Microsoft announced that its enterprise chat platform ‘Teams’ has now reached 20 million daily active users (DAU) within two years of its launch. However, the messaging platform Slack disagrees with Teams’ metrics and state that the measure of DAU doesn’t essentially reflect user engagement.
According to Microsoft, the term DAU is defined as the following: maximum daily users performing an intentional action in the last 28-day period across the desktop client, mobile client, and web client.
While disagreeing with the fact that user engagement cannot be gauged by the DAU metric alone, Slack stated that its paid users actively used its messaging platform for 90 minutes per day and spent more than nine hours a day staying connected.
It is worth noting that Teams has unlocked 20 million daily users, which is roughly twice the size of Slack. When Microsoft stepped into the realm of enterprise chat, Slack released an ad in the New York Times saying that it was “genuinely excited to have some competition” and that the tech giant cannot create a service people love by making “a big list of Slack’s features and simply checking those boxes.”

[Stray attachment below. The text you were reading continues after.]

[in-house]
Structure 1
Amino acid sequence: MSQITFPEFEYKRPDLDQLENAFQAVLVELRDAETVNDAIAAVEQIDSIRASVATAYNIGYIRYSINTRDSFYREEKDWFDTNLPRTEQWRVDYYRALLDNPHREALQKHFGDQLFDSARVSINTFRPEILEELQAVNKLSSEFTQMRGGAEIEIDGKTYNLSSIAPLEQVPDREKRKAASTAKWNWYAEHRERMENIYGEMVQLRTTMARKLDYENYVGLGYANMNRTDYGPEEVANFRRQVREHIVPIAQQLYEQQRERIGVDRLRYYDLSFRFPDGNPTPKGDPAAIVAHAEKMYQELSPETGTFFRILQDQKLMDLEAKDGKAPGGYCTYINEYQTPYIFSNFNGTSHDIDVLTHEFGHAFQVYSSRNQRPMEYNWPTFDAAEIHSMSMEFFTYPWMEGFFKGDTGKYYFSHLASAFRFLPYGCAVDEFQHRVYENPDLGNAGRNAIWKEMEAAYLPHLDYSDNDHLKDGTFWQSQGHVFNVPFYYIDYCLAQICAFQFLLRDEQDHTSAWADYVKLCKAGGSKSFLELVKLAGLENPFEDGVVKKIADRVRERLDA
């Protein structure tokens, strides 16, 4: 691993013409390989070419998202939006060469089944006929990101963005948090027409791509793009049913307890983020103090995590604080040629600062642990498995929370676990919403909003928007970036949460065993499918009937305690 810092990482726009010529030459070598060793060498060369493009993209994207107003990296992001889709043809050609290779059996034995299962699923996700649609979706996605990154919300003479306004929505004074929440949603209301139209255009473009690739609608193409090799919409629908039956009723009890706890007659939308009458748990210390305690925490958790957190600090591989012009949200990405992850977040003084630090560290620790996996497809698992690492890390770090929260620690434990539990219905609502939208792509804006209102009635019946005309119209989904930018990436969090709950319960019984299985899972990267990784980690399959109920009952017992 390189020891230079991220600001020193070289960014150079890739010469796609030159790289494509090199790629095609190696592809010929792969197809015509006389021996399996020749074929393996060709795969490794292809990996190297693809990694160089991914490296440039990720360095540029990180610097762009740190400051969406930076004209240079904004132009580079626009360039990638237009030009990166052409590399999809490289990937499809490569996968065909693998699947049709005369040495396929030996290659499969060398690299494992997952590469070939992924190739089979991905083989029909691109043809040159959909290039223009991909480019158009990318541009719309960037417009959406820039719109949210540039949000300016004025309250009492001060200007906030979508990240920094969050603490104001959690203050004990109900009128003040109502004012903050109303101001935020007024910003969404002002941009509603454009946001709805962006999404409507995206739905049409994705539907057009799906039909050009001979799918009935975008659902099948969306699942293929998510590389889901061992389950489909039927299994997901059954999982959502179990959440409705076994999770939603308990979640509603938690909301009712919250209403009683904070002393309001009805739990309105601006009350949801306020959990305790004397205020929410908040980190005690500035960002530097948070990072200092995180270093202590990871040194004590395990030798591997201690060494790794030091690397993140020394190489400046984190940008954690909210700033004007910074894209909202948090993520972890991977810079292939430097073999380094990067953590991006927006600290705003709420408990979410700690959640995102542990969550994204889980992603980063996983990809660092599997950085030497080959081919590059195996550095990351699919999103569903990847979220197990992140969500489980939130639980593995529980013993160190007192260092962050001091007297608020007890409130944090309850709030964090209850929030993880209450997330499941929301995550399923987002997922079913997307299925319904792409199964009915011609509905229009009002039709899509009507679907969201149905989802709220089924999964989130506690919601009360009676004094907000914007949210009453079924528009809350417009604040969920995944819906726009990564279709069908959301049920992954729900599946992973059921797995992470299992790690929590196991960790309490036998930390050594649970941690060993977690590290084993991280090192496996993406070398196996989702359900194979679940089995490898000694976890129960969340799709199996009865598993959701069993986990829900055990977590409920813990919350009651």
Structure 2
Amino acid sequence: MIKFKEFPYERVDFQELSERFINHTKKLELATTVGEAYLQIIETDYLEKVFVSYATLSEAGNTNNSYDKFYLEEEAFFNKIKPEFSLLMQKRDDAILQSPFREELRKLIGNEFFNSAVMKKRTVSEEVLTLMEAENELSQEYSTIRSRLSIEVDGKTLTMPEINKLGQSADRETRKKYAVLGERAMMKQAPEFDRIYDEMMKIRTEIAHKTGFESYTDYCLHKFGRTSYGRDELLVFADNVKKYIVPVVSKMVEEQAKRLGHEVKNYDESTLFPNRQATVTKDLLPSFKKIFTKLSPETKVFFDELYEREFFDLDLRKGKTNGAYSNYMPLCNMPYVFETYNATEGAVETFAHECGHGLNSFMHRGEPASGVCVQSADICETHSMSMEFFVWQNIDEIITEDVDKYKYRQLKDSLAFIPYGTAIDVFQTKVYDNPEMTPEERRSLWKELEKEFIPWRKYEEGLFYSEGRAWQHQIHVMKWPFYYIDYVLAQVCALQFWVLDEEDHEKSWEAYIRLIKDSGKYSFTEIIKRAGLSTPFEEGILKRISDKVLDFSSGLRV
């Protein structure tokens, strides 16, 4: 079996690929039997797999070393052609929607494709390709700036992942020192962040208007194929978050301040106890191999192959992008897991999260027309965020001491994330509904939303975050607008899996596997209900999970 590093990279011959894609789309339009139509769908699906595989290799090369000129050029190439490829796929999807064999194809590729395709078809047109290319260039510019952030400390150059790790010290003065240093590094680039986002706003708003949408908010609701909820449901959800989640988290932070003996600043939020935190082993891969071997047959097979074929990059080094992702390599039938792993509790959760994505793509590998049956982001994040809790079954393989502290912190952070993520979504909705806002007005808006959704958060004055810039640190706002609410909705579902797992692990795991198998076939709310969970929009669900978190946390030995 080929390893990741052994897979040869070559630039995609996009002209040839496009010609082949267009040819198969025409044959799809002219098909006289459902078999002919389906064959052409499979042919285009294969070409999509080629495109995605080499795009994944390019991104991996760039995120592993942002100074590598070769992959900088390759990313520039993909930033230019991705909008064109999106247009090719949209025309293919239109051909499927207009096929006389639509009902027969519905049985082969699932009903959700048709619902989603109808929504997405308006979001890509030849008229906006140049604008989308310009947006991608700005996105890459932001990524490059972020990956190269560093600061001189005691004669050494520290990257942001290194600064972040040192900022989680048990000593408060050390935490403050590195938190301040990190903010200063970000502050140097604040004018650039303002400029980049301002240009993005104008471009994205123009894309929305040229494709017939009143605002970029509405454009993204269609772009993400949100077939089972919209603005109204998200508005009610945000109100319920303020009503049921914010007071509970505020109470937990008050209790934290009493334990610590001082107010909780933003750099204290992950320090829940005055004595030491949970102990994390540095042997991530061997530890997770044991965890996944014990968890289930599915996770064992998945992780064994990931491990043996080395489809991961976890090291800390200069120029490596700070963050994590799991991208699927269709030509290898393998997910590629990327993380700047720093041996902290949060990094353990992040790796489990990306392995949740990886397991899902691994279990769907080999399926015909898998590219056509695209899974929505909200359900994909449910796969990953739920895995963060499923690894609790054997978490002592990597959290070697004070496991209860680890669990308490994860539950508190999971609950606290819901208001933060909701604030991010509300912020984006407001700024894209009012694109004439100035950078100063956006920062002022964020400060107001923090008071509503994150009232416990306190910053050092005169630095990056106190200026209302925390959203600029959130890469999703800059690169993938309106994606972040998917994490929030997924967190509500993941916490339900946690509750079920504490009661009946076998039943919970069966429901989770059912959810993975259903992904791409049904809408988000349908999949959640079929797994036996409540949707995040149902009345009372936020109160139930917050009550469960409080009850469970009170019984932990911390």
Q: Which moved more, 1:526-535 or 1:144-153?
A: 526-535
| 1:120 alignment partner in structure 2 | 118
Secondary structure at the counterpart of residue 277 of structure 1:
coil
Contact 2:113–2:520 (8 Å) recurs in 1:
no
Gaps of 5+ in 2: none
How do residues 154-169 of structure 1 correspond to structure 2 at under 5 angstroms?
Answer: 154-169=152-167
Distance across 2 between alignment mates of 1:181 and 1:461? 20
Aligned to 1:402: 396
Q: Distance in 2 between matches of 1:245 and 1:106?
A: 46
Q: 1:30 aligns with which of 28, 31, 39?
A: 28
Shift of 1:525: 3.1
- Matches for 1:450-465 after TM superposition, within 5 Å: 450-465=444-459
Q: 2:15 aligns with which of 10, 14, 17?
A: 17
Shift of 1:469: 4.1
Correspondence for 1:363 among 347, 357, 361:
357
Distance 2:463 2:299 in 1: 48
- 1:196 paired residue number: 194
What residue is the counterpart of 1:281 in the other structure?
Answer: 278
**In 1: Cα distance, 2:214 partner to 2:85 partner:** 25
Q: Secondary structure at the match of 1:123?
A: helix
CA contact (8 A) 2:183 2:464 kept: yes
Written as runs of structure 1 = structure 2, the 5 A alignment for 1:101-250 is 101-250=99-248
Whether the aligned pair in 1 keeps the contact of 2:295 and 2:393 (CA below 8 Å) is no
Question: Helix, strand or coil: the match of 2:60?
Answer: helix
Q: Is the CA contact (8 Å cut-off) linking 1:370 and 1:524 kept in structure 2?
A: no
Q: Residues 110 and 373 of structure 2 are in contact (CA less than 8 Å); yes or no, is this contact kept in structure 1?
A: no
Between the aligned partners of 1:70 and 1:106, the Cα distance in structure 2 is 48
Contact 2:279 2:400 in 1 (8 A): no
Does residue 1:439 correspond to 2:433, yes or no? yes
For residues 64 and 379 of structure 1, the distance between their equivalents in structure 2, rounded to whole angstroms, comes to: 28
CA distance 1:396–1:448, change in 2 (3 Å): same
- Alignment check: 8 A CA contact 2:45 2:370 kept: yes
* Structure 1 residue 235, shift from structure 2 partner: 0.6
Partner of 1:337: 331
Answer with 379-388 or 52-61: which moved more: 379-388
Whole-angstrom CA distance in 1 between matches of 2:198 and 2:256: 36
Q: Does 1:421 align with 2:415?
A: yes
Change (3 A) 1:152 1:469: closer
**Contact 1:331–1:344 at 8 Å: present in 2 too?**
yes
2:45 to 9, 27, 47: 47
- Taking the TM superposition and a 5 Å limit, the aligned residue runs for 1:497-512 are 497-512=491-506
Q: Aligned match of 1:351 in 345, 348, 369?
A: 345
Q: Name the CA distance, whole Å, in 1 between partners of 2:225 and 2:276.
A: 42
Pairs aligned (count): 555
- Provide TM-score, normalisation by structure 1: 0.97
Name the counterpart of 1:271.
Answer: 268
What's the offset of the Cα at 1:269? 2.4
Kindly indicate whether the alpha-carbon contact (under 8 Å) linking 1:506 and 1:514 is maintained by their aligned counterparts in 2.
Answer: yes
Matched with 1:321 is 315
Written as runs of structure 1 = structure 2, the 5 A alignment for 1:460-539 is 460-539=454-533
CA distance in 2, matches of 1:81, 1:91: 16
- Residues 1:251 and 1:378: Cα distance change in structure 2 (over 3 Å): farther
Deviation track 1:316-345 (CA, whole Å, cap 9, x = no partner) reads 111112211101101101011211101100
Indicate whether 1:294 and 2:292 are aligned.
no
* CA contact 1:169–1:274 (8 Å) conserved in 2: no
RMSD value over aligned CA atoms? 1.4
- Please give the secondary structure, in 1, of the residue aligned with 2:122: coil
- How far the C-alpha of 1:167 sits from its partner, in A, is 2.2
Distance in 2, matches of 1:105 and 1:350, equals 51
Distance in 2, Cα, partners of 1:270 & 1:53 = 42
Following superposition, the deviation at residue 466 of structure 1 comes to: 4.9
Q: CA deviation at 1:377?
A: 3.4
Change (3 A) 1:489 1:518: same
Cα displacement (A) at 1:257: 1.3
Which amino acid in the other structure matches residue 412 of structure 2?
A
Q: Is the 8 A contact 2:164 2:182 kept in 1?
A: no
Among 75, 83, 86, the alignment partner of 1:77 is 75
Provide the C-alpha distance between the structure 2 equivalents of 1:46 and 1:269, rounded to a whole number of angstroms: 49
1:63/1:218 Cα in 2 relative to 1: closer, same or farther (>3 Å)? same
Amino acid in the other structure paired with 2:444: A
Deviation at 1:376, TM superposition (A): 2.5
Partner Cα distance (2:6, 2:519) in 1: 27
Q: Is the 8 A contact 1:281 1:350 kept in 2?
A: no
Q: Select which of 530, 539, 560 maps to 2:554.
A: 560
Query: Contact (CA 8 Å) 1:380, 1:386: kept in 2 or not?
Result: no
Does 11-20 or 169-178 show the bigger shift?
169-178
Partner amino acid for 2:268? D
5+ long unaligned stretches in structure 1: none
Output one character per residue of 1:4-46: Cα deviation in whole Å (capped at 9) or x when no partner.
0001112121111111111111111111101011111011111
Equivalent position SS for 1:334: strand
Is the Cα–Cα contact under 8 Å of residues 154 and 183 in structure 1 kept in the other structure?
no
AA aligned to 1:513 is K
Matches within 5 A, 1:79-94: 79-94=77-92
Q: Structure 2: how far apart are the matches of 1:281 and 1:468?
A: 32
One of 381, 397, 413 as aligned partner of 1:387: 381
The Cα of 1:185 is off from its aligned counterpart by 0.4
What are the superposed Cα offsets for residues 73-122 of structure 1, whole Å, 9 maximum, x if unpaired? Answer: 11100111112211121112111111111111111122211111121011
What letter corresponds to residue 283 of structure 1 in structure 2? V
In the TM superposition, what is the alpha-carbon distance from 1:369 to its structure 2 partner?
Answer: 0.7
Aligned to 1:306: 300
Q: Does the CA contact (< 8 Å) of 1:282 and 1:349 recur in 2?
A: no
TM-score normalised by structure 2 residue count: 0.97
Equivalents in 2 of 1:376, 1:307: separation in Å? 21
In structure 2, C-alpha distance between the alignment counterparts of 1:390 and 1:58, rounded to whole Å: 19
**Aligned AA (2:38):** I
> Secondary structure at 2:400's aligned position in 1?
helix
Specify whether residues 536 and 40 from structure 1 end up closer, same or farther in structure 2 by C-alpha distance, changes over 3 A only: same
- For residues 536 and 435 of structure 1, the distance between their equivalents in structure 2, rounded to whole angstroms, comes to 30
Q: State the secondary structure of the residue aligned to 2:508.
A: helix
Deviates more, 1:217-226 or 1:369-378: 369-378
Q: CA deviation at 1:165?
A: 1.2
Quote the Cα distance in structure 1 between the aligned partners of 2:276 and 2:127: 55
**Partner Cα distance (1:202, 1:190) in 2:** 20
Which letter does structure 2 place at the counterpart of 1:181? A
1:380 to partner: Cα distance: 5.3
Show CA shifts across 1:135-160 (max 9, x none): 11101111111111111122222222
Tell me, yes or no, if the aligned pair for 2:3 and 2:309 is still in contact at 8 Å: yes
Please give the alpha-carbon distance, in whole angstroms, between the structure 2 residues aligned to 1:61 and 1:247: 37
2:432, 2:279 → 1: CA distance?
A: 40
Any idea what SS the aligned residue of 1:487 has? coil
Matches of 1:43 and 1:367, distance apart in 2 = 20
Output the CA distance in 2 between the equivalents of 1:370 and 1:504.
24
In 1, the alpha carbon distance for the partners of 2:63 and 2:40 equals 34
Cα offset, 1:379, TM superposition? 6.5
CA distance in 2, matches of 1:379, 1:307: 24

Yesterday, Slack tweeted a video titled ‘ok boomer’ which was a subtle reference to the younger generations that felt ripped by the Baby Boomers, invariably hinting the similarities between its advertisement released in the Slack Frontiers conference in April and Microsoft’s ‘The Art of Teamwork’ advertisement released in November.
ok boomer pic.twitter.com/NB617NDFLV
— Slack (@SlackHQ) November 21, 2019
A brief overview of both the advertisements does reveal a few similarities.
Slack’s early investor and general partner of Spark Capital, Megan Quinn tweeted as a response to the daily active user (DAU) announcement by Microsoft Teams saying that “not all DAUs are created equal.” She also attached a picture that lists all the trending queries related to Microsoft Teams, and the search queries did not paint a pretty picture for the tech giant’s enterprise chat platform.
Your regular reminder that not all “DAUs” are created equal. https://t.co/xJ6nlLkubc
— Megan Quinn (@msquinn) November 19, 2019
One cannot deny the fact that the massive user-base and success of ‘Teams’ might just be an outcome of it being offered as a part of Microsoft Office 365. With fierce competition amongst the realm of enterprise chat platforms, Slack has got much to lose when compared to Microsoft. While Teams is just one more offering in a bigger package, Slack is a standalone application.